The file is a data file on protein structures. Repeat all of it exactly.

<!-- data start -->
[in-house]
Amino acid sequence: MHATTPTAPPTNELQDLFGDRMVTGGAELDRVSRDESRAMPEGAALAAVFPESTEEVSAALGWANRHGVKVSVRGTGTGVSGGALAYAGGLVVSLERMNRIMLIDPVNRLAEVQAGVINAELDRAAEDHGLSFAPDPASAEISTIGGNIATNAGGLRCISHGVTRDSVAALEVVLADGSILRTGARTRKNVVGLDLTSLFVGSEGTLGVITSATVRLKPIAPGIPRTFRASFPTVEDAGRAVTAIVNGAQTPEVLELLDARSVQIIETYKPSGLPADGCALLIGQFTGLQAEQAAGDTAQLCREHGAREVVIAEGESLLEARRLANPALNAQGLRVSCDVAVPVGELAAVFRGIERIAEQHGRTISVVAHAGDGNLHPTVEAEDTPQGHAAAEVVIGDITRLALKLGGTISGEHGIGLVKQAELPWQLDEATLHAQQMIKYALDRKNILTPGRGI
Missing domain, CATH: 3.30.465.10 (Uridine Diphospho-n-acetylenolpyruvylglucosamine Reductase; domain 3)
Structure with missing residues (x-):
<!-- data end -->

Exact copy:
[in-house]
Amino acid sequence: MHATTPTAPPTNELQDLFGDRMVTGGAELDRVSRDESRAMPEGAALAAVFPESTEEVSAALGWANRHGVKVSVRGTGTGVSGGALAYAGGLVVSLERMNRIMLIDPVNRLAEVQAGVINAELDRAAEDHGLSFAPDPASAEISTIGGNIATNAGGLRCISHGVTRDSVAALEVVLADGSILRTGARTRKNVVGLDLTSLFVGSEGTLGVITSATVRLKPIAPGIPRTFRASFPTVEDAGRAVTAIVNGAQTPEVLELLDARSVQIIETYKPSGLPADGCALLIGQFTGLQAEQAAGDTAQLCREHGAREVVIAEGESLLEARRLANPALNAQGLRVSCDVAVPVGELAAVFRGIERIAEQHGRTISVVAHAGDGNLHPTVEAEDTPQGHAAAEVVIGDITRLALKLGGTISGEHGIGLVKQAELPWQLDEATLHAQQMIKYALDRKNILTPGRGI
Missing domain, CATH: 3.30.465.10 (Uridine Diphospho-n-acetylenolpyruvylglucosamine Reductase; domain 3)
Structure with missing residues (x-):